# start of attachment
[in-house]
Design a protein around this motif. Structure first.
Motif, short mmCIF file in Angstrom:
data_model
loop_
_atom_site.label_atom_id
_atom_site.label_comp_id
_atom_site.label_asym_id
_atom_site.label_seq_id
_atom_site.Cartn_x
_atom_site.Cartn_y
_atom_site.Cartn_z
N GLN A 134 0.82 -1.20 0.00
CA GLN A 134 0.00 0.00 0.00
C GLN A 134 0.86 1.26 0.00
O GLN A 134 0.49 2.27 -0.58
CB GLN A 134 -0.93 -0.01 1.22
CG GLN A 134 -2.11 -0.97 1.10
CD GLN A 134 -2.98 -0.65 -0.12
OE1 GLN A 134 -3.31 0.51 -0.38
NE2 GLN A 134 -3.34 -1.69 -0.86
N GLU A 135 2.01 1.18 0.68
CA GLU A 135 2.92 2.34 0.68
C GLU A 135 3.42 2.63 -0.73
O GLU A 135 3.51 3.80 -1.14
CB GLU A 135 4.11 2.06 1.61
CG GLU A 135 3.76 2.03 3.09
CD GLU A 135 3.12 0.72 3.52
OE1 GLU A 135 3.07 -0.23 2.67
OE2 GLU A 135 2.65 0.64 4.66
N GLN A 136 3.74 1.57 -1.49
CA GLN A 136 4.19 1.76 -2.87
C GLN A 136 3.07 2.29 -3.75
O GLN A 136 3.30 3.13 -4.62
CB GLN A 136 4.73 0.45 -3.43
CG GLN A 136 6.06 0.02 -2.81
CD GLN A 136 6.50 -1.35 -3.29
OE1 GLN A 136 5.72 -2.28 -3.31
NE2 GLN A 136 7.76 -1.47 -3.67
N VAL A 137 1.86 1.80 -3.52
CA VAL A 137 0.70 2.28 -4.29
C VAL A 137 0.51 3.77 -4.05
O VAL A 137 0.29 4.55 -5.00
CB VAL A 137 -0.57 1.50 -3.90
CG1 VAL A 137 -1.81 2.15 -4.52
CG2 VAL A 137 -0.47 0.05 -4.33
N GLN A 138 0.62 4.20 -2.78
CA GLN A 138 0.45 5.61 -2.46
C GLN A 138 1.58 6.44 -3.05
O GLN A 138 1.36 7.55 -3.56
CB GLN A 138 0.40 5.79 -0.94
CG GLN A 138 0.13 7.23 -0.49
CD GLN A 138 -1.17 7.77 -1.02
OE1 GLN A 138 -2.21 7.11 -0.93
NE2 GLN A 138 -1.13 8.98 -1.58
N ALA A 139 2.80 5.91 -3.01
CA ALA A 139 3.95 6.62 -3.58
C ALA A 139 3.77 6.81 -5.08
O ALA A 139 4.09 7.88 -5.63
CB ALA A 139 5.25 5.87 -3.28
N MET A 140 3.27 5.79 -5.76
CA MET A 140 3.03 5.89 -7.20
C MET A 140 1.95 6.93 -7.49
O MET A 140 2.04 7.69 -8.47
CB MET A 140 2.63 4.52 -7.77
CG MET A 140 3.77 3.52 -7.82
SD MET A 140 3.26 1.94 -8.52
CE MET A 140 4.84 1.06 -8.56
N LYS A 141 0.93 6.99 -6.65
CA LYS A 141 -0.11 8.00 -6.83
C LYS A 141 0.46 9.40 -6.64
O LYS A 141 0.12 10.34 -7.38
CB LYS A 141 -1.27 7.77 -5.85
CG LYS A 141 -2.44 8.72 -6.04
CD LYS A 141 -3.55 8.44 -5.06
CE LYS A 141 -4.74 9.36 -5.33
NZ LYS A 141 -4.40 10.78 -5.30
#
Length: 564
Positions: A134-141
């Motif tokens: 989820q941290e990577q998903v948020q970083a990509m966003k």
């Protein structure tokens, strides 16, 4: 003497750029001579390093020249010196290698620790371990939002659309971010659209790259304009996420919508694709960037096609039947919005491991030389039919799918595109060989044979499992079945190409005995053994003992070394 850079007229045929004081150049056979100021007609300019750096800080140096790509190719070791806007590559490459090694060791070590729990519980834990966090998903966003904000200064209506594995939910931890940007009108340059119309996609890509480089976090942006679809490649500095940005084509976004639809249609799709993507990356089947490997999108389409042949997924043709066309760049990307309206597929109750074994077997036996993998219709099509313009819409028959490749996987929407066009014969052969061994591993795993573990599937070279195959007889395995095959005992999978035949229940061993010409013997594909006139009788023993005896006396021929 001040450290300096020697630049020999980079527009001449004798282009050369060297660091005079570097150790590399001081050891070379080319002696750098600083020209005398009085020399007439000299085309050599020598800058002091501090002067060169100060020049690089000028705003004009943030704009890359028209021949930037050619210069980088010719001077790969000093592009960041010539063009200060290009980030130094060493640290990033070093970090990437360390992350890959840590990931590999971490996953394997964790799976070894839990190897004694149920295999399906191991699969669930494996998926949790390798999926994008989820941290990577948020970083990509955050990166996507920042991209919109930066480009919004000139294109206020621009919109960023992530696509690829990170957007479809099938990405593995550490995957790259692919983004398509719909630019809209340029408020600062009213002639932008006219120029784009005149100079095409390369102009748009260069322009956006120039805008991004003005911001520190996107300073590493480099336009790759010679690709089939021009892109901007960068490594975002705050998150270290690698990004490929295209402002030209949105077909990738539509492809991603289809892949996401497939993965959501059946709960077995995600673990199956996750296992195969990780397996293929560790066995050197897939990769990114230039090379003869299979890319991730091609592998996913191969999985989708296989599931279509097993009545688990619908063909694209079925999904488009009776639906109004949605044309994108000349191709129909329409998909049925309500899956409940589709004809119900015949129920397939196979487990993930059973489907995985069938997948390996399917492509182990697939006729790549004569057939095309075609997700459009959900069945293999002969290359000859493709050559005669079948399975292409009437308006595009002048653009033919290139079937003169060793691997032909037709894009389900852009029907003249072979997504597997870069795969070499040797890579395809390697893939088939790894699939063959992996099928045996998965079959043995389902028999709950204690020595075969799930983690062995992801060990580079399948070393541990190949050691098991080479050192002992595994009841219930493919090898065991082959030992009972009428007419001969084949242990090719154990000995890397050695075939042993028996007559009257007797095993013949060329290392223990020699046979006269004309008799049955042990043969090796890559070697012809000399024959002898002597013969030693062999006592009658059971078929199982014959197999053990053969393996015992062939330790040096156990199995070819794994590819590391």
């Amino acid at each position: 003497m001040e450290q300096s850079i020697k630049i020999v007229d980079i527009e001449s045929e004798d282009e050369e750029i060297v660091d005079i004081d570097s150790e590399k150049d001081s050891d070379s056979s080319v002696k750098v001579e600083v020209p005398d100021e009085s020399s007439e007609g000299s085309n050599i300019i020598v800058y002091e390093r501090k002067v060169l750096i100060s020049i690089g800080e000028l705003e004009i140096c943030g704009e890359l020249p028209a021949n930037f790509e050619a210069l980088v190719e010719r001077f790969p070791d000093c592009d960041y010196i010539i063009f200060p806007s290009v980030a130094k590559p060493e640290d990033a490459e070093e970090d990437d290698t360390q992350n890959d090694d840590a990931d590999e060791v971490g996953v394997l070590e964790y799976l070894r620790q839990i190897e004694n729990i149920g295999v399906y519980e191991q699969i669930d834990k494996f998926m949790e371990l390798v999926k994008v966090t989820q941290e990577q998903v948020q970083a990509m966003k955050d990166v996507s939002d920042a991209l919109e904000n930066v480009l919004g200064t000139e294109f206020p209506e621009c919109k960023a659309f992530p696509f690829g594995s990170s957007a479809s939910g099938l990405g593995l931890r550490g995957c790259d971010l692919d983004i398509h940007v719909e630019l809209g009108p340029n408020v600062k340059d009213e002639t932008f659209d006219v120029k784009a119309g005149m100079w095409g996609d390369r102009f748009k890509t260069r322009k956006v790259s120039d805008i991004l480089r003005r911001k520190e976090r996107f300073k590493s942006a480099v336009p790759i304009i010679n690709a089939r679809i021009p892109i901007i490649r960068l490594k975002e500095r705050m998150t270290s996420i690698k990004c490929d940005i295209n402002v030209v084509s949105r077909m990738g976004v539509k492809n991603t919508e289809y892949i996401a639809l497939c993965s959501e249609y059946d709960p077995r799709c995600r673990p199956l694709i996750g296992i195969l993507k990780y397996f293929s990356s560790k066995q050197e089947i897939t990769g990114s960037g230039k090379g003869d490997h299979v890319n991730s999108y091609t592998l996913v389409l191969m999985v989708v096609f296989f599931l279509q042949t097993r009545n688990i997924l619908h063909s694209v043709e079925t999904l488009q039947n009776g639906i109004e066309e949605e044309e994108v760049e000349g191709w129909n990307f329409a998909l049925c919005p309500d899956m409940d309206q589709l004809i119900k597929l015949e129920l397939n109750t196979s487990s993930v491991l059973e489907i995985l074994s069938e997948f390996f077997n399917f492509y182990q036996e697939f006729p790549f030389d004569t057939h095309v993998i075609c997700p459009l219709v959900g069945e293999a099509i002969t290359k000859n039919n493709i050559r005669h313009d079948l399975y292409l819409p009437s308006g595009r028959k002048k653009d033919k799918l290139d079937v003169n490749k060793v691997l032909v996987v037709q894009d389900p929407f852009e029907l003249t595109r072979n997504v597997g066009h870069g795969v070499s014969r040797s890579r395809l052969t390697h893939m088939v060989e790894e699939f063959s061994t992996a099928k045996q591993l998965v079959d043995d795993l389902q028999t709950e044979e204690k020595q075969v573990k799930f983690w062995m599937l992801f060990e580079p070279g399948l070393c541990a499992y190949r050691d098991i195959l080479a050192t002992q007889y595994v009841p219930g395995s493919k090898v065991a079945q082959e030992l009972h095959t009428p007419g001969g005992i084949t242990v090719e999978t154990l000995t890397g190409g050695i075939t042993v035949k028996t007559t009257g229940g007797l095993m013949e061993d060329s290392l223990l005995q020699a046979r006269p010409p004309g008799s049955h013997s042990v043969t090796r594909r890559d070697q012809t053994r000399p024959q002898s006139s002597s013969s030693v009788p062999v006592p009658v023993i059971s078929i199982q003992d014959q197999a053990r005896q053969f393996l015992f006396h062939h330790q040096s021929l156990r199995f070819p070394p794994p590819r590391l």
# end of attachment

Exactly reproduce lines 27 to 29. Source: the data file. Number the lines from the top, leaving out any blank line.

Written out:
CG GLU A 135 3.76 2.03 3.09
CD GLU A 135 3.12 0.72 3.52
OE1 GLU A 135 3.07 -0.23 2.67